After a statement like this, he turns away from the screen, scratches his beard as if deciding he agrees with himself. He shifts his position, revealing a wood paneled attic in his friends’ country house, a window view of farmland and sea. As we talk, his friends pop in to say hello. I learn there’s a peat fire downstairs, that the house lost power in a storm just before their American Thanksgiving dinner; they’d eaten by the light of candles shoved into empty wine bottles. They want to know when Vern will be ready to hike to the water.
He fears he’ll appear dull against the American glare, but it seems natural to say less. He doesn’t speak about everything he sees. He saves up his thinking to participate in something bigger than small talk, and he hopes this won’t seem rude.
Perhaps people just feel more comfortable when they have an opinion, even a haphazard one. I get anxious when it seems like everyone else already knows something. I wonder whether I’m missing something obvious.
Through social media, it’s become easy and tempting to join the conversation fast. We’re covered with “coverage,” and the things we hear most loudly are not necessarily most important; they’re the things people feel equipped to talk about out loud. We proclaim opinions whenever we can snatch them up, but they are often not ours or are not complete, just something pithy, conveniently retweeted, buzz-fed, hash-tagged – #garbage – “ideas” that don’t come close to the root of any problem. But we say them, lest someone mistake us for someone on the wrong side of any issue.
We are compelled to speak about everything we see. Say something, for to not join the conversation is suspect. It’s a train we can’t really stop, whether we’re onboard or not. I say to Vern, joining the conversation no longer even requires understanding the whole thing.
Vern agrees, “Joining the conversation rarely requires that you’ve heard the beginning of the conversation. Brash reaction dominates our world.”
Everyone is shouting answers, but no one heard the question.
A week after the subway conversation trap, as I get on the train, a man about my age eyes my Mary Jane pumps and says, “Hey, those shoes are POPPIN’!” Feeling wise, I smile with tight lips. I remember the book incident and decide to avoid conversation like a real New Yorker. I stand next to his seat.
He turns toward me. “Hey, that hair’s poppin’, too!”
Thanks. I give him the same stern smile and reach in my bag for my book.
He continues, almost intimately, “Look, lady, my mom died on my birthday last year and I’m just having a really hard time…”
He asks for money, but I think he wants an ear more than anything. When I find my book I open it. This feels at first so similar to the previous situation; I think I’m finding a way out. But the words are blurry on the page and fuzzy in my ears; I can’t focus through my shame. He hasn’t done anything wrong.
What’s the matter with me?
I couldn’t listen to him?
I don’t have an extra dollar.
I have an apple…
Am I just telling myself I don’t have a dollar because I want to buy coffee?
What’s a dollar going to do for him?
What’s he going to do with that dollar?
No one has ever ignored me like this.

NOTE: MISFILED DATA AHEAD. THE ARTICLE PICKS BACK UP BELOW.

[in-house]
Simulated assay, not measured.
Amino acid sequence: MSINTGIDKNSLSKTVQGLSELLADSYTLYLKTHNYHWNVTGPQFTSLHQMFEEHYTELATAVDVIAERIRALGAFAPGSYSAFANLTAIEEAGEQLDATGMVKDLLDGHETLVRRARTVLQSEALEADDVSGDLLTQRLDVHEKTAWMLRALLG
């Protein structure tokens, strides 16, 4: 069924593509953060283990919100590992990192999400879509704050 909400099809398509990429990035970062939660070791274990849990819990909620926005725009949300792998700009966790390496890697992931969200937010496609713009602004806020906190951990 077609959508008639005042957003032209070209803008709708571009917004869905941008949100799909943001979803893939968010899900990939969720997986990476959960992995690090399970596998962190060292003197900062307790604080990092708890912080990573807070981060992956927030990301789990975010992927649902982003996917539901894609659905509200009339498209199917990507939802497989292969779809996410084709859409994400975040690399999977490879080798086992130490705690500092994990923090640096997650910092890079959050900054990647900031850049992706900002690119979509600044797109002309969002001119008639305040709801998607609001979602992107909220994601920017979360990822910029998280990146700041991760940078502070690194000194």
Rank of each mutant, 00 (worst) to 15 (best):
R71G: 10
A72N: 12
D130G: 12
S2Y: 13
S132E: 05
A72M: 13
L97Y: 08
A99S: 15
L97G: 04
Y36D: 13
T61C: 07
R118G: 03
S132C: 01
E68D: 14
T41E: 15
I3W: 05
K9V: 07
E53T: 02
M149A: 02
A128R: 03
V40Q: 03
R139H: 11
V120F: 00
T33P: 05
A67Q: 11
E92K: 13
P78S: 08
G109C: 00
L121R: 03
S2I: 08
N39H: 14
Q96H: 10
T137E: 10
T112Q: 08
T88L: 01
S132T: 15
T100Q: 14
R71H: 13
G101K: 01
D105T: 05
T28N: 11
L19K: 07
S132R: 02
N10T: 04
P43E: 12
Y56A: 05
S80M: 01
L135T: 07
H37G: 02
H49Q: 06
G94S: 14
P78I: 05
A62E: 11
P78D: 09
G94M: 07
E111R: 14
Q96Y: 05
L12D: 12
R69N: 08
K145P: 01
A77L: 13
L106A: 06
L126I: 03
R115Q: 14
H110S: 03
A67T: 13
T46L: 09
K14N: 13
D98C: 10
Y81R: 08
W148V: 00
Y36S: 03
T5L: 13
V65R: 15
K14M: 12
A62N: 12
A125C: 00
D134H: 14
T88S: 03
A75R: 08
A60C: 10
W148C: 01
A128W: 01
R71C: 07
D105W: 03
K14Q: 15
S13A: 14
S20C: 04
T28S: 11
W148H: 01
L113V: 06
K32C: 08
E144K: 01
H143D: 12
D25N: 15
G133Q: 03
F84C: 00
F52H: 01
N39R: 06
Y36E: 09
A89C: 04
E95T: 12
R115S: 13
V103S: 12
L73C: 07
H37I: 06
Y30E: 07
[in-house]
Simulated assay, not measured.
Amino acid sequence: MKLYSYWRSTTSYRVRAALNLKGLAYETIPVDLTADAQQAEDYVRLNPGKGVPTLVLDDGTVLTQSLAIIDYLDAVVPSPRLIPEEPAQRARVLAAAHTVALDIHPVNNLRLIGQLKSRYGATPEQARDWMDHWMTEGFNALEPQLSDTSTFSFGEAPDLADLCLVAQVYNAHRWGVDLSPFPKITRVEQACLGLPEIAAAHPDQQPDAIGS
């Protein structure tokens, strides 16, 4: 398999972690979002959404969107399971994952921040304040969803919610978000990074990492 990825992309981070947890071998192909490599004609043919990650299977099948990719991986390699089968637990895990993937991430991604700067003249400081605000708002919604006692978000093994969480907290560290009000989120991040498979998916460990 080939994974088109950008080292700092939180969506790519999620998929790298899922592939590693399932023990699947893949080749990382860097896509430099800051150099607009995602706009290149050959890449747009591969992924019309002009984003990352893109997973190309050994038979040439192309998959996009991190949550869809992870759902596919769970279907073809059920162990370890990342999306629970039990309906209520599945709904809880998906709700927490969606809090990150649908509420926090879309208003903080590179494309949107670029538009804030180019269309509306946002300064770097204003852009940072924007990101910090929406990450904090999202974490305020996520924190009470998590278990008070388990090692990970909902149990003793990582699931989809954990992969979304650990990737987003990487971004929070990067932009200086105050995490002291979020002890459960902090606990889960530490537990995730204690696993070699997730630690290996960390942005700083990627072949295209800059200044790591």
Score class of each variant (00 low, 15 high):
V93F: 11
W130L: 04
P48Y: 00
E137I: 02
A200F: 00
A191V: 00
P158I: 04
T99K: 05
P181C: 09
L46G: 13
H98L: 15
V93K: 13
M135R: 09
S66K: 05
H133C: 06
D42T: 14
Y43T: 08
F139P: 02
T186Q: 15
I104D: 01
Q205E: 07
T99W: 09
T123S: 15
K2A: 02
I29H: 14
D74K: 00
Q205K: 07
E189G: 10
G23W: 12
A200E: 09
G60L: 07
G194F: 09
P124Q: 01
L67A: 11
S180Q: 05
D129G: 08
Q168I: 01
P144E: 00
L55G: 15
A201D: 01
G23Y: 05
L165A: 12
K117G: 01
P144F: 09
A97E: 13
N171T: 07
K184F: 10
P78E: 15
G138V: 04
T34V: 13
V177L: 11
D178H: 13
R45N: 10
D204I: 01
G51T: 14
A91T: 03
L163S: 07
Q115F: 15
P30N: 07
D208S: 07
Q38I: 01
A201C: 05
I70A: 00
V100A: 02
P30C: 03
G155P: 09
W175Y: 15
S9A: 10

Cacophonous like the train, thoughts screech and rattle, even as I make the decision that brings on my self-disgust. Instead of doing something different, taking back my choice to ignore him, I beat myself up as though the situation has already passed, conveniently irreversible.
I blush purple, stare into my book. He directs his story at another man; I look over to see the new listener literally feign deafness, “Hey, I can’t hear you. Sorry.” He points to his ears to suggest that they aren’t working properly. All characters look sickly in the fluorescent light.
The pre-recorded safety announcement comes from the speakers overhead, warning that we are all to “be on the lookout for suspicious behavior” to prevent terrorism and keep one another safe. The tagline: “If you see something, say something.”
At the first opportunity, I move to a safer blue bench at the other end of the car. I feel ill for the forty-minute ride. I still haven’t figured out how to navigate these situations. I’m good at seeing until I’m asked to also say something.
I still check the news in Eastern Iowa every once in a while. It’s not homesickness so much as a mindless habit. One evening in the fall, I peek at heartland goings-on, ready to catch the train to class in the Village, and I see that in the woods outside Evansdale, Iowa, hunters have discovered two bodies. They will turn out later to be the bodies of the girls, missing since July, but at the time it is speculative. I call my mom immediately. She is still at work.
“Hey, turn on KCRG. They found those girls from Evansdale.”
I hear her breath catch. “Oh.” It comes out as a sad groan. “What happened?”
I explain. She sniffles. Her nightmare is someone’s reality. It makes her think of her own kids, the way the four of us used to disappear for an afternoon or a morning, the way sometimes she could see us out the kitchen window, but often she couldn’t. Those were different times, she tells me.
I get on the train and stare at the ground beneath the seat across from me, lost in thinking about strangers that feel somehow less strange than the people I see here every day. I’ve never known these girls or their families, but I feel strangely responsible for holding them with me in this big, impersonal place.